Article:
Print IT Magazine – Issue 45 – Free Download

Posted on Jun 7 2017 - 4:42pm by John Peters
RATING

No one would deny that copier companies have been slow to make the transition from print specialists to IT service providers. Why is this? Is it due to lack of investment, lack of effort, lack of confience, lack of knowledge, bad decisions, plain bad luck? Or is it, as Stuart Evans, CTO of UK document management specialist Invu, suggests, simply because solutions and services provision is not in their DNA. Speaking to PrintIT Reseller recently, he said: “The whole copier reseller market traditionally has absolutely no culture of customer care or business solutions. It still sees a solution as a number of clicks. They have made a lot of their money in the last fie to 10 years in selling print management solutions, which is really just another way of dressing up clicks while selling less clicks. It’s not a business solution.”

Warming to his theme, he added: “To sell business solutions you have to have two or three things that they simply don’t have built into their DNA. First, you have to have the ability to listen to customers and understand their needs as a business, not just as people pressing buttons. And you need to be able to deliver into that, which means understanding their other software systems; understanding what fiance systems really do; and understanding what people want out of those systems in their different roles – what a fiance director wants out of that system, what an accounts payable clerk wants out of it and what a regular person in goods inwards wants to do with it. I don’t think those businesses traditionally have the whole business model and engagement model with customers to fid that out.”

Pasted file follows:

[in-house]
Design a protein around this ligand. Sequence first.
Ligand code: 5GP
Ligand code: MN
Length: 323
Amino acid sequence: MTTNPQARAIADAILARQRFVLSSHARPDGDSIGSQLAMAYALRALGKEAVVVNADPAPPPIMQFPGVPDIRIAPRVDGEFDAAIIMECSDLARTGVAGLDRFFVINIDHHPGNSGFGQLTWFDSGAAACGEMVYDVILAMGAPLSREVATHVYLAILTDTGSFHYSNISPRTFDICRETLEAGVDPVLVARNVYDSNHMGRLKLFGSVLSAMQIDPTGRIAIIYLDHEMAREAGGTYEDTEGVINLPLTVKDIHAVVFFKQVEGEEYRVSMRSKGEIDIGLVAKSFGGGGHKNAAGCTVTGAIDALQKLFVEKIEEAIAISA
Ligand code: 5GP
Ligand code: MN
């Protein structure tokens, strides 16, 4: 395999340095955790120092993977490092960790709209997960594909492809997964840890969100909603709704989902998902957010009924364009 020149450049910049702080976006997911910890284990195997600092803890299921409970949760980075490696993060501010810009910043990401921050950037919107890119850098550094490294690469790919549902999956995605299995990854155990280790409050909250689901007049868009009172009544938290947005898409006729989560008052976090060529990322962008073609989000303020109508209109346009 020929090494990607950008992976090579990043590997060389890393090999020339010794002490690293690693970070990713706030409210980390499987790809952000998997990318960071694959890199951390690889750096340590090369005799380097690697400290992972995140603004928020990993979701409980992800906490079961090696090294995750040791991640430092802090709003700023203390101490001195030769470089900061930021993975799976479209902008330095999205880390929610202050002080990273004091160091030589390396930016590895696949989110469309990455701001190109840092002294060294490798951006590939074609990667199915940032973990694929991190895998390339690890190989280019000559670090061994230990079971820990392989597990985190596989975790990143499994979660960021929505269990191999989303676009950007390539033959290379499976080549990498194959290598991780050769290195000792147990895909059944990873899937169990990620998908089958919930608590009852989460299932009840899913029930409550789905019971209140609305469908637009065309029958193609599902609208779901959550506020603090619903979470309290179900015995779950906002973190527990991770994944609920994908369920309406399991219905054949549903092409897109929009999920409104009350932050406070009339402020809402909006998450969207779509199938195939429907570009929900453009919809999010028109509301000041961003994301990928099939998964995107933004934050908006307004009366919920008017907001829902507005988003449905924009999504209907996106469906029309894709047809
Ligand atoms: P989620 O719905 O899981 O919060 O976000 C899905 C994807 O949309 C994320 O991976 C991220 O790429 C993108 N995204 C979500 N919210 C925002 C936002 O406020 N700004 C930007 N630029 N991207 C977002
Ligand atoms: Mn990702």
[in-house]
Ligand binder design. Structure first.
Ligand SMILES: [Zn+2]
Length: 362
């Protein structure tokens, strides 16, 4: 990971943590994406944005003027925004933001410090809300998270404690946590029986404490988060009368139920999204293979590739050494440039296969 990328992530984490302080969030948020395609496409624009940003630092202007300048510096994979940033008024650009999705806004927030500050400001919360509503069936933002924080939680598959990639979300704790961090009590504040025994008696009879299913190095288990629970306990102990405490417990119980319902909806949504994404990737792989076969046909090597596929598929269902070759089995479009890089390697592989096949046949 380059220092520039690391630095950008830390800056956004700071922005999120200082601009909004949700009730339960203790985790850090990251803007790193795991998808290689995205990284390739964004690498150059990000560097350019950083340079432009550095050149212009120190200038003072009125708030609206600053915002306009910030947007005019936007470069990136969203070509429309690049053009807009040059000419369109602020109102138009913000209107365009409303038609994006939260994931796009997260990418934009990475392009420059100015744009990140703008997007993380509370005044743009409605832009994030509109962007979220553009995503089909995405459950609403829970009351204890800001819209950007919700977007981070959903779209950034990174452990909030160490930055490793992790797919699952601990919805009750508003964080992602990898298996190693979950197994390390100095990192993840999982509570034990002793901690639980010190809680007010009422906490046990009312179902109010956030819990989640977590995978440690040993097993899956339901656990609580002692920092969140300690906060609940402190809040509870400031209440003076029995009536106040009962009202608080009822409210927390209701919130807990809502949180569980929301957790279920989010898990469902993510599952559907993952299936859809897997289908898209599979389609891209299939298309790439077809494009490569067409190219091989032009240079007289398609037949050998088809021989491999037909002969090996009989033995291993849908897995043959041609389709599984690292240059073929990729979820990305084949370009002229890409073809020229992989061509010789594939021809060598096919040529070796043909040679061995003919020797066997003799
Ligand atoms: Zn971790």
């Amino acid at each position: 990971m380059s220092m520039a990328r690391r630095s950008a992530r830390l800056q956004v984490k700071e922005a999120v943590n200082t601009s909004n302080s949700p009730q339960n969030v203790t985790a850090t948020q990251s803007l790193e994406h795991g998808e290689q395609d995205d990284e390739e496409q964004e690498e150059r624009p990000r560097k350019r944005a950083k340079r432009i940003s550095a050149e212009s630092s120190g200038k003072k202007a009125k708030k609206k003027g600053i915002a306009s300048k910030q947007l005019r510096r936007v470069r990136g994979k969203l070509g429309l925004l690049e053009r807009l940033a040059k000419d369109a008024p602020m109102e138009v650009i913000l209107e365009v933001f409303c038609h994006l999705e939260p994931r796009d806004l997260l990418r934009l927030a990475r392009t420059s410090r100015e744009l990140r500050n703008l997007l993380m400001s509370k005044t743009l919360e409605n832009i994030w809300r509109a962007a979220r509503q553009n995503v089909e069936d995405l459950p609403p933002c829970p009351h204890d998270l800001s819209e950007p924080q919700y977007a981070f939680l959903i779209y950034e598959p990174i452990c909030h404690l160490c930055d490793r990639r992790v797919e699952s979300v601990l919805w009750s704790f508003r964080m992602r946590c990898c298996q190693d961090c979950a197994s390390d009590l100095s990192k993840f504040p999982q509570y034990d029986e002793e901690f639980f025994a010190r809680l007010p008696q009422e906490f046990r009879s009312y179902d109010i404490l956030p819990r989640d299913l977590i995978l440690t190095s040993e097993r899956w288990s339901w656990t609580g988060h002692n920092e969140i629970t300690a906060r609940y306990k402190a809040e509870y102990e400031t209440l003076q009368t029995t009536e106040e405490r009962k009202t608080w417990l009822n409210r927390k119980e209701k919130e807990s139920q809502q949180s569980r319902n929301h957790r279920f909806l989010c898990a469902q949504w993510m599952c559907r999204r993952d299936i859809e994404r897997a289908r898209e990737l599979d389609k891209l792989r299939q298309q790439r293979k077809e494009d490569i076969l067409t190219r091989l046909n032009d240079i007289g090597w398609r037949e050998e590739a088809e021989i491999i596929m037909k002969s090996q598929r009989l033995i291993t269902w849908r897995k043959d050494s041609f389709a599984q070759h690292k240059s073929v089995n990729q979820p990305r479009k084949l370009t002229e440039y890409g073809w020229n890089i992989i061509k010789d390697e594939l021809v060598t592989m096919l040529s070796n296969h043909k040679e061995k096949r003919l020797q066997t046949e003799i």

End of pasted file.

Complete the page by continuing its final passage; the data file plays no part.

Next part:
Konica Minolta will hope he is wrong. It has just launched a new product and is hoping to reposition itself as an IT services provider (see page 34). At the launch, John Zannos, vice president of Alliances/Business Development at Canonical, told PrintIT that Konica Minolta’s history as a printer vendor gives it an advantage in selling services as its regular interaction with clients when servicing devices or discussing the progress of a managed print service provides a valuable insight into customers’ needs. Time will tell whether Evans or Zannos is right.

James Goulding, Editor
jamesg@binfo.co.uk

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